I first submitted this piece to the zine Motherlands & Hometowns, a themed zine series by the wonderful Disaffekted Ethnic Queer Youth (DEQY) collective in Sydney, who recently raised more than $700 for RISE, a refugee advocacy group at their pop-up cafe-cum-benefit gig, held in conjunction with the zine’s release.
This essay discusses my feelings surrounding home, belonging, and migration; on grounding and re-grounding and finding my roots and my place. It is a topic I am sure I will keep exploring for the years to come.
I am writing this from home, 6000kms away from home.
Almost 2 years ago, I moved from Singapore to Adelaide to be with my partner. It’s not as exciting as it sounds—I moved for love, and it’s wonderful, and “an incredibly brave thing,” but that’s not what I want to talk about. Migration is as migration does.
Most of us have done scores of migration over generations and centuries, over lands and times. I am a 3.5 generation Chinese/Singaporean, and also, to a certain extent, 1st generation Singaporean/Australian. I feel my identity stretching out across 3 different lands: one I’ve only very slightly visited, another I’ve spent most of my life in, the other I’ve only just lived in (and always remembering: it isn’t even mine in the first place).
They all coalesce to become something—Home, always shifting, in my body.
Feeling a close connection to the motherland (China), an acquaintance once told me, “you can’t feel emotional ties to something that’s broadly conceived.” And that may be half-right, considering how I’ve never even been to Shantou, and don’t know where my mother’s ancestors lived in Fujian province exactly. I’ve never even been. But I know the traditions, the sayings, the food, and I remember both my grandmothers fussing over me in a way I felt was specific to their respective cultures. My mother’s father was a Mao aficionado, despite living in Singapore all his life. The putonghua used to colonise an entire land filled with people belonging to various ethnicities and tribes is something I read, speak, and write with ease.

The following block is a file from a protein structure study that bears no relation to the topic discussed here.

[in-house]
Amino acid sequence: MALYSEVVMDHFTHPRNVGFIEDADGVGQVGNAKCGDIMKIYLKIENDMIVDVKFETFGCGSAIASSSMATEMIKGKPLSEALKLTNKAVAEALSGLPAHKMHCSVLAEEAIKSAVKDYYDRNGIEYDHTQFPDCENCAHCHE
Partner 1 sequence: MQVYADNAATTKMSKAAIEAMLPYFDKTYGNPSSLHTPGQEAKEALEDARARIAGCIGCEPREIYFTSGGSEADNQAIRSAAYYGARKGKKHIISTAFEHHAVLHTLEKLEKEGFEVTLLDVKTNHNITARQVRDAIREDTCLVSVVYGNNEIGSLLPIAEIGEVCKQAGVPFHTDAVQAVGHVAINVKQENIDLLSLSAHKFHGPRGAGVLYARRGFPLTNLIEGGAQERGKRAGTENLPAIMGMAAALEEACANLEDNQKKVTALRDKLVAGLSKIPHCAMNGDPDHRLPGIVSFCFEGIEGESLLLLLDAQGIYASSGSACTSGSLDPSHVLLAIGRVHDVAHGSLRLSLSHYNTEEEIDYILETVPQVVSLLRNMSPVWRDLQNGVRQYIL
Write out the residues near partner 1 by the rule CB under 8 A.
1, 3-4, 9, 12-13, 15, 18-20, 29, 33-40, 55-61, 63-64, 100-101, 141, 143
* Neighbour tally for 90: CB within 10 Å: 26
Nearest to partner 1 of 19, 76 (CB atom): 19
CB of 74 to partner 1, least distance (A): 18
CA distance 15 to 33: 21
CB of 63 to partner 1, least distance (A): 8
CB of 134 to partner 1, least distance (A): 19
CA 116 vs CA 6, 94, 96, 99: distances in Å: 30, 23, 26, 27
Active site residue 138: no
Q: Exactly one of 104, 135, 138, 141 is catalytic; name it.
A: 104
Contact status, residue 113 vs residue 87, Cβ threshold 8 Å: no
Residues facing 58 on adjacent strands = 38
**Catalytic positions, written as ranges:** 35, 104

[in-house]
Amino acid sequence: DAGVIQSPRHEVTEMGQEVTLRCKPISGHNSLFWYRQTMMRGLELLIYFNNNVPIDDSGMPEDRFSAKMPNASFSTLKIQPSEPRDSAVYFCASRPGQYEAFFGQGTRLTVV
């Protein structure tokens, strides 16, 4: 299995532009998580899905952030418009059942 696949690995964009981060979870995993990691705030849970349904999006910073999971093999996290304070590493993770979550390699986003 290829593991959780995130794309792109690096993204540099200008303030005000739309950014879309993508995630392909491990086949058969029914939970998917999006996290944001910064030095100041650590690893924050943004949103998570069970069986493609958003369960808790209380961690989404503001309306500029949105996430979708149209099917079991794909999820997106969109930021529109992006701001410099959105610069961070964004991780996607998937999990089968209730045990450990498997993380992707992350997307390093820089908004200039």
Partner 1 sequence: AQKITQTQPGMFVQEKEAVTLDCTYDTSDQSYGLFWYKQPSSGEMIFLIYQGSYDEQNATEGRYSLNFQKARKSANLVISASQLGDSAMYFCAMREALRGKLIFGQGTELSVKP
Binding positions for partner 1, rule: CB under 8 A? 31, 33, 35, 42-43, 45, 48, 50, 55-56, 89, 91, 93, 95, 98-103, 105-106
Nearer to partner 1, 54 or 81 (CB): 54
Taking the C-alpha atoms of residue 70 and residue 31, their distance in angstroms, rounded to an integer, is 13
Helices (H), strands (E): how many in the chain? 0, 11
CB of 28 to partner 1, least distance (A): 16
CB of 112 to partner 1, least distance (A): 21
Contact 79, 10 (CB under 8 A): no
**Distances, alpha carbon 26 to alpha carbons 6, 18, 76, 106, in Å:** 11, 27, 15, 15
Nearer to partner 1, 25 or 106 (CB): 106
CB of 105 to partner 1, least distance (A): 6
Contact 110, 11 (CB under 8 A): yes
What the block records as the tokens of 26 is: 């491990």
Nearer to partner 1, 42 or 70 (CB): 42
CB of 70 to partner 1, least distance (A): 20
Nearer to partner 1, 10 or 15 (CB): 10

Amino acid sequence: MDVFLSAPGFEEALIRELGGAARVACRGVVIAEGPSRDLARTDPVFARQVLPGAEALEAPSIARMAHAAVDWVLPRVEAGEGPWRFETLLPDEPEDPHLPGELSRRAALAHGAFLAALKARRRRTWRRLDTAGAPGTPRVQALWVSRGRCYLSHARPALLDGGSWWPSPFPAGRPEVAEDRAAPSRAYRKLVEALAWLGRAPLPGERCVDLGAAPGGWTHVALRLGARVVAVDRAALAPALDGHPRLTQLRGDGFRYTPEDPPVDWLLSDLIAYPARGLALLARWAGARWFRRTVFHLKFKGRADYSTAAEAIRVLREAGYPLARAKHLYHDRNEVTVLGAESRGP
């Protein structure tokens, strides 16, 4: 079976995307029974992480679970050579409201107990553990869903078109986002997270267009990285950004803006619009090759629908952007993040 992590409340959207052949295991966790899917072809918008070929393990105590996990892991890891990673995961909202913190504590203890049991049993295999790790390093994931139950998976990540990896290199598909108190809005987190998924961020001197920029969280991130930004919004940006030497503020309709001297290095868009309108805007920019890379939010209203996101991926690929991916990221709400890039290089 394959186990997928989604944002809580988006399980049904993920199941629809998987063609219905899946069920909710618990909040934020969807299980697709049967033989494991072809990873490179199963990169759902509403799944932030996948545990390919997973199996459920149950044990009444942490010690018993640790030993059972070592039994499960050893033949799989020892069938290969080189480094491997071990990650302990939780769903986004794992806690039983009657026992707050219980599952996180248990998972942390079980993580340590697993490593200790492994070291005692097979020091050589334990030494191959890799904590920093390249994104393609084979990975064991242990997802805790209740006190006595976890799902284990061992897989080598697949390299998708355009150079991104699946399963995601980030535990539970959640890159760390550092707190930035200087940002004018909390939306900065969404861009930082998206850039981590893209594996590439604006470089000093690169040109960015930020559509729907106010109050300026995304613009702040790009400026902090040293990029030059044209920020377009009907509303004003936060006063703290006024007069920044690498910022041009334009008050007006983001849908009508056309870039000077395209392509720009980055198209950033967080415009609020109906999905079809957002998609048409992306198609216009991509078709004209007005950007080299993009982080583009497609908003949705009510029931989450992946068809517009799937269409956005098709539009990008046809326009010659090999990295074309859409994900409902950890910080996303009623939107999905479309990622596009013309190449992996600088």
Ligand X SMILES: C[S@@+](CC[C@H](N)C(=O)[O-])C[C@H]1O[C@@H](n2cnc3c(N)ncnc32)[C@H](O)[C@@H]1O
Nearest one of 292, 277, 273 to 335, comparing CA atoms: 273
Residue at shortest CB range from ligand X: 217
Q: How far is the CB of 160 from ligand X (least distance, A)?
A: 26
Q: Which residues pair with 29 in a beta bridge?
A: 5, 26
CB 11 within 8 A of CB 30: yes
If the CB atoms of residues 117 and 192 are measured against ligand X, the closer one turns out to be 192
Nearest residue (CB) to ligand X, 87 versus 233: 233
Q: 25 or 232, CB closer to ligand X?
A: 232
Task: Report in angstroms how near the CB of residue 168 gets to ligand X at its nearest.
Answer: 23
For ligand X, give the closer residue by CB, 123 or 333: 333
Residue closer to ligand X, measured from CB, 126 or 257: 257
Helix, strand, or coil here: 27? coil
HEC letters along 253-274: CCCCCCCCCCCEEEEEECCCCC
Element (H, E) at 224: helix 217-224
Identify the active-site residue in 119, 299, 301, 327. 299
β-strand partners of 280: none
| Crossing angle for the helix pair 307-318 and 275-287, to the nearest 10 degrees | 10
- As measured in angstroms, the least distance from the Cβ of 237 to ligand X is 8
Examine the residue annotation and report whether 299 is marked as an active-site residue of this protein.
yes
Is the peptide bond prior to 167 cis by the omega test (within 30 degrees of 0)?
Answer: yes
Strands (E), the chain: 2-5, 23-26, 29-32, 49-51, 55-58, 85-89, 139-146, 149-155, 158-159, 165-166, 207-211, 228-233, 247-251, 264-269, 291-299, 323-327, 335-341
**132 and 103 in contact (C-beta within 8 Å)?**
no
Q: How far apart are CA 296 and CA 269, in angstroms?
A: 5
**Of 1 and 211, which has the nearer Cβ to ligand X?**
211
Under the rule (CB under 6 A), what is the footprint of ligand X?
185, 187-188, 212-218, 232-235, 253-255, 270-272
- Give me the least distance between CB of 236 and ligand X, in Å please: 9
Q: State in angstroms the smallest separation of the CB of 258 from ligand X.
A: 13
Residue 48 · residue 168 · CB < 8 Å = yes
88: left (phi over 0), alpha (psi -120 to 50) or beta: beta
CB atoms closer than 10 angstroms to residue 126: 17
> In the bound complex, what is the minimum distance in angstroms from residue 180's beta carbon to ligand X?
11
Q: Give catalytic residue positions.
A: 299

I think about Singapore, a place I grew to love as I was only just leaving. Growing up, I never saw Singapore as home; it was only a place of residence. In my adolescence and young adulthood I would imagine my home as being somewhere “out there,” waiting to be discovered. I travelled a lot during this time, trying to see if I would stumble upon a city where I could see myself moving to. Melbourne, Berlin, Bandung, Kuala Lumpur, Brussels, Hong Kong: these places seemed close, but not quite.
Where was home? Home is relative. Home is right here, in my mind and body, fluid and constantly in flux.
Like any other hometown, Singapore is associated with cultural cringe and ambivalent feelings. I think about the glitzy high-rises and clean streets juxtaposed with its atrocious human rights record; the ease of mobility I experience as a member of the dominant race; the drug laws and the capital punishment; the times I spent getting lost in far-flung suburbs (only 40mins from the city centre). William Gibson, it’s not just the “Disneyland With the Death Penalty” and you fucking know it. I spent my formative years there, owning my reality: my heart broken and restored, over and over.
When someone from Australia refers to Singapore as my ‘home’, despite all good intentions, I feel insulted. Singapore was my home, is my home still, but it is up to me to call it. Adelaide is my home now, too, and when you inquire about my trip ‘home’ (there), it feels as if you are invalidating my efforts at building a life (here). At the same time, is it really? I am a settler too; I stole the land I’m standing on, just like (most of ) you.
Where is home? I carry it within me.
I remember travelling elsewhere, people attempting to place me. “Where are you from?” they ask, and nothing I say feels like a truth. “I live in Australia,” I reply now. These attempts to delineate geographical lines are once again repeated, both in Singapore and Australia: in the former, it is received as a source of pride, a forced alienation resulting from a desire to disassociate; in the latter, it is alienating—implying a cultural failure on my part to assimilate. Underlying it all is this: the privilege to reject something vs. the lack of privilege to own something, to belong. I am trying to assimilate to a culture that once stole the land it stands on. Remember, I am complicit too.
Sometimes, I don’t know where home is. Home is where my affections are centered, and they can be many places at once, temporarily and permanently.
I carry it within me.